Maintenance work: Part 2

By Plant Engineering Staff October 22, 2003

By Donald H. Decker, PE, Principal

The Hayo Consultants
( www.hayoconsultants.com )

This is the second installment in a three-part article about Maintenance work. We are centering on the “Make Ready, Do, Put Away” activities of your maintenance crew.

Quite often maintenance productivity is associated with the motivation level of our maintenance and technical personnel. There is more to maintenance productivity than the people actually performing the “hands-on” work.

From the moment the maintenance and technical people enter the workplace to the moment they leave, managers are concerned about productivity or getting the work done (the Do).

Just how can we measure the productivity of our crews in that time span?

There are many ”traditional” methods of measuring work performance.

Analytical estimating
Estimate the amount of time it takes to do each planned maintenance work order. Compare the estimates against the actual times when jobs are finished for the week/month. The growth or shrinkage of the work order backlog in terms of crew weeks can be tracked and management adjustments made accordingly.

Historical work measurement
Historical time data is gathered for job elements. Statistical analyses are run on these completed jobs to get averages.

Engineered standards
Pre-determined standards are developed for each element of each job. These are used to estimate work times for each element and the times for all elements on a given job summed to get the total job times.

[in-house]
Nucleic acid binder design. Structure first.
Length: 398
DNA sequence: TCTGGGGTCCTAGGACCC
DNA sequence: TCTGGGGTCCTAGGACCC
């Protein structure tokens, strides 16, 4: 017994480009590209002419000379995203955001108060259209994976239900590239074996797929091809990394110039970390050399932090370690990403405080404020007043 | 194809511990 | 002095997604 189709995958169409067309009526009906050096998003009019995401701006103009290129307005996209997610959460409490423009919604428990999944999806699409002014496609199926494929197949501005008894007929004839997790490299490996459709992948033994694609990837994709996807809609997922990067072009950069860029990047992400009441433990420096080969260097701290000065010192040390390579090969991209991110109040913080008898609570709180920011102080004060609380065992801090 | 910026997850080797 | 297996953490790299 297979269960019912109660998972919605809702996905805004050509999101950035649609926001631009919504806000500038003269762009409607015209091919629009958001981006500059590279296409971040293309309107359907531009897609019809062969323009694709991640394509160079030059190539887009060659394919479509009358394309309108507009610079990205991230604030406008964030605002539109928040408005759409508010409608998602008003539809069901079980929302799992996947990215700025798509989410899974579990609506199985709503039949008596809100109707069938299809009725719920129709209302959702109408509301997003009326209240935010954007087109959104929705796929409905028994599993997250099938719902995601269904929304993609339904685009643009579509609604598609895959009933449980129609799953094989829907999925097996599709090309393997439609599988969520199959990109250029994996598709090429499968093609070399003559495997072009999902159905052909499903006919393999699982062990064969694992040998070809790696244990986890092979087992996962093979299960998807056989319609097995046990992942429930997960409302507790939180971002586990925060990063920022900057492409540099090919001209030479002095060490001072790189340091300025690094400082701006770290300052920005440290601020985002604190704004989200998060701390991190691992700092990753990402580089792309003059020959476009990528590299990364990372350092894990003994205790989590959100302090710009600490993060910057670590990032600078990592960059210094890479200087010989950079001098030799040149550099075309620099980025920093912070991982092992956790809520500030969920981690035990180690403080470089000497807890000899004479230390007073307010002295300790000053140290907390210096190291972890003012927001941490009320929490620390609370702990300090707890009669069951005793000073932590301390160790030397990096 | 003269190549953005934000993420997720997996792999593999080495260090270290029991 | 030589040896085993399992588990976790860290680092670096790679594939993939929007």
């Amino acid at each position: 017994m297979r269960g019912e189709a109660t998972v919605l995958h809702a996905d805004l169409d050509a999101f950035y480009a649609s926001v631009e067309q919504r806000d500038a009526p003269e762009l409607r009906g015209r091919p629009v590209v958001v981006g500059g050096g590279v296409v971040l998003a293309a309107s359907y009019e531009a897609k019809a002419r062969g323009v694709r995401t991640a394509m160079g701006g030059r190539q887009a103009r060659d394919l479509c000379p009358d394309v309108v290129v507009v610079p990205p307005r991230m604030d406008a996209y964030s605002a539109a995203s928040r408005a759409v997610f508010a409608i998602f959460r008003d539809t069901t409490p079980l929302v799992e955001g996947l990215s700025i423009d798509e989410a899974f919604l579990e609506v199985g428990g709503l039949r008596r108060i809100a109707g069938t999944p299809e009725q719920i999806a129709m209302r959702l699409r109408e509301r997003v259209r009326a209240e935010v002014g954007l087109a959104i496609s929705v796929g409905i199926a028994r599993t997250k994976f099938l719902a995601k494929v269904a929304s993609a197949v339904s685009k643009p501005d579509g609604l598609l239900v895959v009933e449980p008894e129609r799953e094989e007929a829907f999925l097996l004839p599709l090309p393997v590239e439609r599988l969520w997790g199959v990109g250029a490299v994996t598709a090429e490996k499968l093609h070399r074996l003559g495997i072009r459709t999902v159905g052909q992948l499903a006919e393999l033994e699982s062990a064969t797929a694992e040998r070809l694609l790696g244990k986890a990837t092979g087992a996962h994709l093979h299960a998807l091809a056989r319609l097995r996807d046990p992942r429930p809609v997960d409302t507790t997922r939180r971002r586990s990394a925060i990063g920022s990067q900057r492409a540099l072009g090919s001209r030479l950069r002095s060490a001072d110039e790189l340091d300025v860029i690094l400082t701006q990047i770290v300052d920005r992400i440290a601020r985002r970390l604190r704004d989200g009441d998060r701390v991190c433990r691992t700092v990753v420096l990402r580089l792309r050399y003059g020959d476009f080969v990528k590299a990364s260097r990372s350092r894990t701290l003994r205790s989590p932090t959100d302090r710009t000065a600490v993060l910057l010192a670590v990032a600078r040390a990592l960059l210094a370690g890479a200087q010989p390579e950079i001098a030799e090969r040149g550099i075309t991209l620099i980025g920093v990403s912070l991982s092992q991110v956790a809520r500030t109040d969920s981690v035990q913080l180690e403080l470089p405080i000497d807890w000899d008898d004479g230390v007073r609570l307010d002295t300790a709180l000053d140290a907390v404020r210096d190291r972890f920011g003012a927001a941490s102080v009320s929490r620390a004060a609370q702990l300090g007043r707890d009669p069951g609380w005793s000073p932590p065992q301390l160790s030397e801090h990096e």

Time and motion standards
This system uses the same approach as engineered standards, but the elements are documented for the given facility in which they are installed.

Work sampling
Crews are sampled against pre-determined categories of work activities, using an even smaller list than is outlined in installment No. 1 of this article. Routes are selected, samplers are trained, random sample times for conducting the routes are distributed, samples are taken, and data are gathered and analyzed.

The latest and most efficient way to determine your productivity is one that might be termed “non-traditional,” even though it incorporates many traditional elements.

Overall crew/facility productivity
The most efficient way to gauge overall maintenance crew/facility productivity is to use a time-tested empirical chart. Placing your organization on the chart will yield very quickly how you stand versus where you can be. Having an organized maintenance planning and scheduling effort is the key to having the Do optimized.

The productivity of your maintenance and technical personnel depends greatly upon the type of systems and policies that management has applied to the maintenance operations. The types of policies and systems that are employed will be highlighted in the next installment.

The third and final installment explores the most efficient way to measure crew work, the Do!

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